FTC deleted documents on controversial rule with ‘severe consequences’ to economy: Rep Jim Jordan

FIRST ON FOX – The Federal Trade Commission (FTC) has deleted key documents related to the agency’s implementation of a new rule that would ban noncompete clauses for workers, according to House Judiciary Committee chairman Rep. Jim Jordan, R-Ohio.

In February, Jordan wrote to FTC Chairwoman Lina Khan, saying that the proposed rule “exceeds its delegated authority and imposes a top-down, one-size-fits-all approach that violates basic American principles of federalism and free markets.”

“This power grab is just the latest example of the Biden FTC straying from the Commission’s mandate in its eagerness to centrally plan the American economy to meet a preferred social agenda. The Committee on the Judiciary is conducting oversight of the FTC’s power grab, and we expect your complete cooperation with our requests,” he said. 

In a May 31 letter reviewed exclusively by Fox News Digital, that to date, the FTC’s document production has included little more than non-substantive calendar invites and material already publicly available, along with a vague promise to “submit additional productions on a rolling basis as [the FTC] locate[s] responsive documents.”

Jordan said that the committee has recently learned “that the FTC has deleted material likely responsive to the Committee’s requests.”


Jordan said in February that the rule would wipe out roughly 30 million existing non-compete agreements, and while the FTC highlights estimated benefits of the rule, it makes little effort to quantify the costs. 

“Commentators have concluded on numerous occasions that the balance of the costs and benefits of non-compete agreements is inconclusive, but the Biden FTC seems to think it somehow knows best,” Jordan said.

“The rule exceeds its authority as delegated by Congress and would have severe consequences for American workers and the American economy,” he said.

Jordan sought, among other things, documents related to the litigation risks due to the rulemaking, economic analysis related to the rulemaking, and communications between the FTC and third parties about the rulemaking.

In its initial response, the FTC stated that 47 employees, contractors, advisors or consultants worked on or contributed to the rulemaking. The FTC also identified eight individuals who are expected to play or have played a supervisory role related to the rulemaking. 


One such individual was a Consumer Financial Protection Bureau (CFPB) employee detailed to the Commission who “led the team on a daily basis,” “supervised the drafting of the [proposed rule],” ensured that drafts were circulated among Commission senior leadership, and “oversaw any legal research,” according to Jordan.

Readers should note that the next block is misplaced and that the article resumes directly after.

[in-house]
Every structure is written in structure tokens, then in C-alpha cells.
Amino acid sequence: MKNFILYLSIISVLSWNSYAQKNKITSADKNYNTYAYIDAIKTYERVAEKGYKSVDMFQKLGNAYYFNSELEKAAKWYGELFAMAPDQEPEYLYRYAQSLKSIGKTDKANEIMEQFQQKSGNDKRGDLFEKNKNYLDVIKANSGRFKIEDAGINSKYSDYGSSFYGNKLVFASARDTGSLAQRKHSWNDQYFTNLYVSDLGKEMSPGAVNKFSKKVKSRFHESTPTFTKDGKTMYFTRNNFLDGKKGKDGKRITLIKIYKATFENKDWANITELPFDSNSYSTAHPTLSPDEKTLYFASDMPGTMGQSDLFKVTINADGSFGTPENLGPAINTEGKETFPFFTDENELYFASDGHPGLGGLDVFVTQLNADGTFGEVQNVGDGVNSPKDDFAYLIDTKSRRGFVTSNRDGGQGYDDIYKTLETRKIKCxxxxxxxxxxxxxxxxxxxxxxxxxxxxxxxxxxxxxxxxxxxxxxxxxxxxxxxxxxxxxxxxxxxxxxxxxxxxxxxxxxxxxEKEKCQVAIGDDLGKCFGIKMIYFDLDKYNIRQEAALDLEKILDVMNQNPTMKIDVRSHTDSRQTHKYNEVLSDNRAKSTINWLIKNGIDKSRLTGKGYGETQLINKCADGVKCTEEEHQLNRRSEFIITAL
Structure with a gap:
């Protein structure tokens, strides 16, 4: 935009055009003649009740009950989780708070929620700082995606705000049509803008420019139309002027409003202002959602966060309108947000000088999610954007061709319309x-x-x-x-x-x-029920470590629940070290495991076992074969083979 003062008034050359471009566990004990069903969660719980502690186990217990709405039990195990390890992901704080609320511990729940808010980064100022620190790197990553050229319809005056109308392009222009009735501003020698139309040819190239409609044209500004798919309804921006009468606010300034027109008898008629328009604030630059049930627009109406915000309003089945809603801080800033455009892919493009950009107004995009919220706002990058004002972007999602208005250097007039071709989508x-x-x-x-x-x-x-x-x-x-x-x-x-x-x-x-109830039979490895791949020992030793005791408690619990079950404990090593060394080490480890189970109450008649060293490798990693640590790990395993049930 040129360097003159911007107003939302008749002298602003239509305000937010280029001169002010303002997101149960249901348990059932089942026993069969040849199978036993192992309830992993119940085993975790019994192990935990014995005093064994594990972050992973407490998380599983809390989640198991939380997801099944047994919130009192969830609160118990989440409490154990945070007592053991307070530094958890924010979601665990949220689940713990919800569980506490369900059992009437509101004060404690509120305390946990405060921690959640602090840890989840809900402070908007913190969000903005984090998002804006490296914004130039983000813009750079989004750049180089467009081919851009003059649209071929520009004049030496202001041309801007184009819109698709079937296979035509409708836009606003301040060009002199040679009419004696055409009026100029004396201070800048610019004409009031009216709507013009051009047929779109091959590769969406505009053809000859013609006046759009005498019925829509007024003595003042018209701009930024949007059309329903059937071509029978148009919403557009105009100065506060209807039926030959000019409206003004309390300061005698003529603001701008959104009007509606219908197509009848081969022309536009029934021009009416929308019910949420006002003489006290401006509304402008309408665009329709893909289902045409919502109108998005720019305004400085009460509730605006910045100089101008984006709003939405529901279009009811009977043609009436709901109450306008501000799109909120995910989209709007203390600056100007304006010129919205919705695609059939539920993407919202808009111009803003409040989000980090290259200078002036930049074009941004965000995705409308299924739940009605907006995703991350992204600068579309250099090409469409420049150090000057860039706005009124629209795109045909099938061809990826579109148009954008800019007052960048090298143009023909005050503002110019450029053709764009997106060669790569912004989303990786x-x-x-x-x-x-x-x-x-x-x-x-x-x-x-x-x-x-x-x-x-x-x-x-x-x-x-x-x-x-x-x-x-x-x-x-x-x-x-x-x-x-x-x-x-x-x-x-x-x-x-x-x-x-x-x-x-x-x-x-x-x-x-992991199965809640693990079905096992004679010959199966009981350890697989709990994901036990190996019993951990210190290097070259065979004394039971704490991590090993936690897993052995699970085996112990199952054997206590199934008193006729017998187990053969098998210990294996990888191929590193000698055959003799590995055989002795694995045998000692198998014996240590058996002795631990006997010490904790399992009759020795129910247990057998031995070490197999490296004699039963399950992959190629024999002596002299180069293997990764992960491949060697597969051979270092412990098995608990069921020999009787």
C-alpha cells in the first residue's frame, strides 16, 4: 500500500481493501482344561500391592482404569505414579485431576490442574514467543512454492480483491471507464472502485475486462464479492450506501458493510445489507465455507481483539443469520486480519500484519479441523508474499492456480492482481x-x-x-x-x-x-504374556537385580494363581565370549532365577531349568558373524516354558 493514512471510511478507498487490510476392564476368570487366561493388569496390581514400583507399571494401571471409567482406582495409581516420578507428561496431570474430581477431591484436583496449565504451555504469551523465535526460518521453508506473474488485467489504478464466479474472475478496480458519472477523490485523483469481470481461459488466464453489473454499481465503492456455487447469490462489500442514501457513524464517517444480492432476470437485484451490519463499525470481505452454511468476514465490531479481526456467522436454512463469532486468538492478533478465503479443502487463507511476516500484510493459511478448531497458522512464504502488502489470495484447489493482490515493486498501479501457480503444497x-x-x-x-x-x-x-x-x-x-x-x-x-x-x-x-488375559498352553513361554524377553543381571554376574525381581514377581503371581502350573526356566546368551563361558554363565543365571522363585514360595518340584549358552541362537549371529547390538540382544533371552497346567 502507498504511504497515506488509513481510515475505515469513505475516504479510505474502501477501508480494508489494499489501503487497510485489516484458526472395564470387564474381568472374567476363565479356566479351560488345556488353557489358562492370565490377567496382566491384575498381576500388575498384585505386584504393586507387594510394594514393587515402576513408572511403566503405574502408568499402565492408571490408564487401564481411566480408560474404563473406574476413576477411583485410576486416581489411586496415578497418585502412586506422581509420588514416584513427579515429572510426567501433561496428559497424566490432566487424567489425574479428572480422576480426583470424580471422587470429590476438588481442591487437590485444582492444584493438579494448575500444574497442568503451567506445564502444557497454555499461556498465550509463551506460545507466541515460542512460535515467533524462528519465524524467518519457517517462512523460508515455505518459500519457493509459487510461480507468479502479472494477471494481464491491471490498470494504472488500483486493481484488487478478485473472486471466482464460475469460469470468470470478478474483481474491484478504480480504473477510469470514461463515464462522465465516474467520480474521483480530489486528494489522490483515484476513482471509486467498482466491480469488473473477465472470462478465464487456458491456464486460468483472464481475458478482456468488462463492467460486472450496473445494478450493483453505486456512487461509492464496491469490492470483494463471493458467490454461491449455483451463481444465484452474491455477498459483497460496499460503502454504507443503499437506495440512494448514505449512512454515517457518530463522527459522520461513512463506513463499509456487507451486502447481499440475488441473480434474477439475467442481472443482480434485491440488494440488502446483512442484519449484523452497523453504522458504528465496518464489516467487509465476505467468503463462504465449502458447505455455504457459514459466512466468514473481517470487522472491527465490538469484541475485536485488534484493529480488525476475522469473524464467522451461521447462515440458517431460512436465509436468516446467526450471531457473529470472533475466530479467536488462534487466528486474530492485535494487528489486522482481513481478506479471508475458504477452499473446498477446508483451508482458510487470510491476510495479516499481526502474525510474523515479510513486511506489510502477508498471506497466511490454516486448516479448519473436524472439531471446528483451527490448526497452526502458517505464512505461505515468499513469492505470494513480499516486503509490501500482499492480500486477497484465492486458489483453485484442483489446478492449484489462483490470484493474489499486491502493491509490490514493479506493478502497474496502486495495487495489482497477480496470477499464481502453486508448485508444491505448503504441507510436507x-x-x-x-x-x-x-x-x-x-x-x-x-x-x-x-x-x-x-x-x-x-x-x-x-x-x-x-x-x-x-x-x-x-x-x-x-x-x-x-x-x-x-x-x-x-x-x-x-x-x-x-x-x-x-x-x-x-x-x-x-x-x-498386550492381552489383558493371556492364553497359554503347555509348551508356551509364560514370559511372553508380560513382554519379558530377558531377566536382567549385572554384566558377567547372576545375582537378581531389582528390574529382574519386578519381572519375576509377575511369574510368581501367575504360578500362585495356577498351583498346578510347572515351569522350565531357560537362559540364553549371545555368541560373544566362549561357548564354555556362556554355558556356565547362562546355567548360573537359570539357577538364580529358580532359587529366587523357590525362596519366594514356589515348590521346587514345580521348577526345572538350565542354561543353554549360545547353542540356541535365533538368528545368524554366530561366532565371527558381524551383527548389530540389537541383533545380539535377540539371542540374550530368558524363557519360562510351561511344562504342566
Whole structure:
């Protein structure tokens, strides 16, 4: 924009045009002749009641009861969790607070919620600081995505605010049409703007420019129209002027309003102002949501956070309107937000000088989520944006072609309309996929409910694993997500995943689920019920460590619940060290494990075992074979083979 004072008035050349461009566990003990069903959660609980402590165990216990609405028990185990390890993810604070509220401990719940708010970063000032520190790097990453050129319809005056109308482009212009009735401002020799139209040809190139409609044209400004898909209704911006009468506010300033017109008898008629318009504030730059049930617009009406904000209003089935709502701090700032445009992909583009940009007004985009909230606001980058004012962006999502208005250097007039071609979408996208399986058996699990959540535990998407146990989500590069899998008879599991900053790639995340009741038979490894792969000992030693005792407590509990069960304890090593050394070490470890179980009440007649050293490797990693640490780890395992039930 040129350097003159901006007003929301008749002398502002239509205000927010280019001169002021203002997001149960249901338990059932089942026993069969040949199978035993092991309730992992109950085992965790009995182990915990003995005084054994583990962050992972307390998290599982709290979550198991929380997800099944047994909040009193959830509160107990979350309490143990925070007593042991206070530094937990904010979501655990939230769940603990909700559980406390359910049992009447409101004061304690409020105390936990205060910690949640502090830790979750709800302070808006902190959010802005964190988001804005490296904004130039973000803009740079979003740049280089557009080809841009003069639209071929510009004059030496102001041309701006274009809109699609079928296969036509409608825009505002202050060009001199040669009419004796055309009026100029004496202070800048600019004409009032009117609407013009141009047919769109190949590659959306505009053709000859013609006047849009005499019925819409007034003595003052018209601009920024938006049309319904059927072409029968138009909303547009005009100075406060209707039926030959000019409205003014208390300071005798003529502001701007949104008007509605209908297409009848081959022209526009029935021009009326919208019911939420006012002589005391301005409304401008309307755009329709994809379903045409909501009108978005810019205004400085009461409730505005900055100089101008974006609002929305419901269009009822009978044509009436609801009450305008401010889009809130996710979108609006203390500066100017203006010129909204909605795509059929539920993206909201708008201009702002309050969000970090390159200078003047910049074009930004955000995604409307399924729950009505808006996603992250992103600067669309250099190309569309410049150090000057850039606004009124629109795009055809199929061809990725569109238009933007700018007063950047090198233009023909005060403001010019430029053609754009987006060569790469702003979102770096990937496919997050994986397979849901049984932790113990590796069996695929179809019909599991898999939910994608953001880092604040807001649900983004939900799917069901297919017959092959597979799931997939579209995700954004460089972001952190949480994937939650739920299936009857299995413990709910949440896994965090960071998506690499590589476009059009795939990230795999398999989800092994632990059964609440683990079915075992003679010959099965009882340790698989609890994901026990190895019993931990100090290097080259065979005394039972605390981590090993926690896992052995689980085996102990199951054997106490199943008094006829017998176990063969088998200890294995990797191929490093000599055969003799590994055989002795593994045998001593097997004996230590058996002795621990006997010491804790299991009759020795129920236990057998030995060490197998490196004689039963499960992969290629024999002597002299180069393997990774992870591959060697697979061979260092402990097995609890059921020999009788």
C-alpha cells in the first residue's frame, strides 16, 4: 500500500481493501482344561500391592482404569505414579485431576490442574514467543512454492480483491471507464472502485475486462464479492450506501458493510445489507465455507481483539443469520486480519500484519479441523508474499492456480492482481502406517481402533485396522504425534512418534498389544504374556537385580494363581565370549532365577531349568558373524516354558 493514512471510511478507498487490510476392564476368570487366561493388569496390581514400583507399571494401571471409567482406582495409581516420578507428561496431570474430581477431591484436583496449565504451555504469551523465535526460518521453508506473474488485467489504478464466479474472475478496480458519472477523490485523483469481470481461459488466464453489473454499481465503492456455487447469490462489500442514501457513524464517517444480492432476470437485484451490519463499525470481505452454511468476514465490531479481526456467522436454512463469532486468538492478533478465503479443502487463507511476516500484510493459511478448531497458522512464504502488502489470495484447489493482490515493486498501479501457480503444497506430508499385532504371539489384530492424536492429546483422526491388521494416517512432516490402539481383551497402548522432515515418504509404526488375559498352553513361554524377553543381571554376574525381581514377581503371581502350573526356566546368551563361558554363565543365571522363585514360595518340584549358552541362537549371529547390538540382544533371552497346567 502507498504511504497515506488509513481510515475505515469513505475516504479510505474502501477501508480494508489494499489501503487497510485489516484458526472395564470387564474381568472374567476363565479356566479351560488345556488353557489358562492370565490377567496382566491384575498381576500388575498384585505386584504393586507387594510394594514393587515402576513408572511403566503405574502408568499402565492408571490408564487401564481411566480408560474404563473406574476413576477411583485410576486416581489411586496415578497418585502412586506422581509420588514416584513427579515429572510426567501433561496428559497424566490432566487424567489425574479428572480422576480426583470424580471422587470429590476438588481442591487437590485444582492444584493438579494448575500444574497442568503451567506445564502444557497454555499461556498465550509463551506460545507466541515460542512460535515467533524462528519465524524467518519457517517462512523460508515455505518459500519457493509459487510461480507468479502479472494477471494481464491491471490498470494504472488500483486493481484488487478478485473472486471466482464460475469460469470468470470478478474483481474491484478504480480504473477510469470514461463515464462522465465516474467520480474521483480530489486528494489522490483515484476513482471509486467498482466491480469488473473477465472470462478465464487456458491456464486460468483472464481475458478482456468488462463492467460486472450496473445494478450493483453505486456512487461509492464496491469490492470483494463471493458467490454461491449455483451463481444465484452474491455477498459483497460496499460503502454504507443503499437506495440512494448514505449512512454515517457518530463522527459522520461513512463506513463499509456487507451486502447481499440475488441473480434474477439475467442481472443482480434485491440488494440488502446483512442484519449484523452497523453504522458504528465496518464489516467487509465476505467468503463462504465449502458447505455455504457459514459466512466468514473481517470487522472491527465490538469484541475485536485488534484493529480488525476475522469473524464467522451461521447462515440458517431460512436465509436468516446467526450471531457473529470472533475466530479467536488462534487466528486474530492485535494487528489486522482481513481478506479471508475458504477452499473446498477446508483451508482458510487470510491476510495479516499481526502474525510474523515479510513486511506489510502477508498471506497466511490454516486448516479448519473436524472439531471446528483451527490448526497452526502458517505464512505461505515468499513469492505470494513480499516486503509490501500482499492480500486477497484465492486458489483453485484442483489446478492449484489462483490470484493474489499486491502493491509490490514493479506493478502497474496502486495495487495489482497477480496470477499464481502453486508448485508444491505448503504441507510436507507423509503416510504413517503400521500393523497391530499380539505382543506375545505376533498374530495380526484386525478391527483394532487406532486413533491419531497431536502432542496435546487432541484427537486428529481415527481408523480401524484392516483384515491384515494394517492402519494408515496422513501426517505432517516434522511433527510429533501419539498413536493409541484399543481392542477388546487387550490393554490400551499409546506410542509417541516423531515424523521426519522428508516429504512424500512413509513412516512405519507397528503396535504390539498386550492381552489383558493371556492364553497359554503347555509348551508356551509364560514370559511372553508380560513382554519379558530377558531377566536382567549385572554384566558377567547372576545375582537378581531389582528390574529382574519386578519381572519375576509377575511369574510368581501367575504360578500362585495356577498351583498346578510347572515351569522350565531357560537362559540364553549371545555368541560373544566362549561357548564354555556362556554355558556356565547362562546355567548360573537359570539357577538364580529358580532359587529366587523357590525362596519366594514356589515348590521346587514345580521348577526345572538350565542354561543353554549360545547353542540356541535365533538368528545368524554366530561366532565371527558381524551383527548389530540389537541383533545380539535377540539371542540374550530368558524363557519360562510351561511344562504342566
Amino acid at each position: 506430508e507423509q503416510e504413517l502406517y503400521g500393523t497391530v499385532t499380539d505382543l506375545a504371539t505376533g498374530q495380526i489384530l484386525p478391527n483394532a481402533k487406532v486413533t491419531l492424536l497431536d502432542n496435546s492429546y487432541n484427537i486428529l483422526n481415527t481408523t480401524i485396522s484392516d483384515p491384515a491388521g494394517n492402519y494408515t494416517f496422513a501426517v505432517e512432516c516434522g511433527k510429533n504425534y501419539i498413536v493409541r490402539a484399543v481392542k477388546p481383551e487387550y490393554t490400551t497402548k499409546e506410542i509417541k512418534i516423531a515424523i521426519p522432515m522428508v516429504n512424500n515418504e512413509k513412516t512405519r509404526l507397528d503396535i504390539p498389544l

“Only recently, on May 16, 2023—over three months after our first request—did FTC staff explain to the Committee that the FTC has already deleted materials that are likely responsive to the Committee’s request,” Jordan wrote in his May 31 letter. 

“Although FTC staff represented that these deletions occurred prior to the Committee’s February 14 letter, the FTC’s failure to maintain these records materially impedes the Committee’s oversight,” he continued. 

“Based on conversation with FTC staff, the Committee understands that the deleted materials included some of the files of the CFPB employee who you brought on to lead the FTC’s rulemaking, as well as some of the materials of several additional employees,” he added.


Jordan says that the FTC’s approach to record retention is concerning, and the FTC may have violated federal record-keeping law by deleting these materials.

In February, the FTC Office of Inspector General (OIG) investigation into the agencies record-keeping found that while the FTC recently made significant progress in some areas of records management, such as shifting to all-electronic recordkeeping, the FTC still faces challenges in complying with National Archives and Records Administration records schedule requirements and setting up automated practices for properly storing and timely disposing of records in a uniform manner across the agency. 

“The FTC must assess whether its current personnel and technology are capable of meeting these challenges in advance of fiscal year 2023,” OIG said in a report of its findings.

Jordan requested that the FTC hand over all documents and communications referring or relating to the FTC’s record retention policy; a full and complete explanation as to why any records responsive to the Committee’s Feb. 14, 2023, letter have been deleted, including the identities of FTC employees responsible for the agency’s records management practices; a list of any records or communications that have been deleted that would have been responsive to the Committee’s Feb. 14, 2023, letter, including the FTC custodian(s) of these records; and a description of the steps taken to recover any deleted responsive material, copies of which may be archived in different accounts or agency backup files.

The agency has a deadline 5:00 p.m. on June 14 to respond to the committee’s request. 

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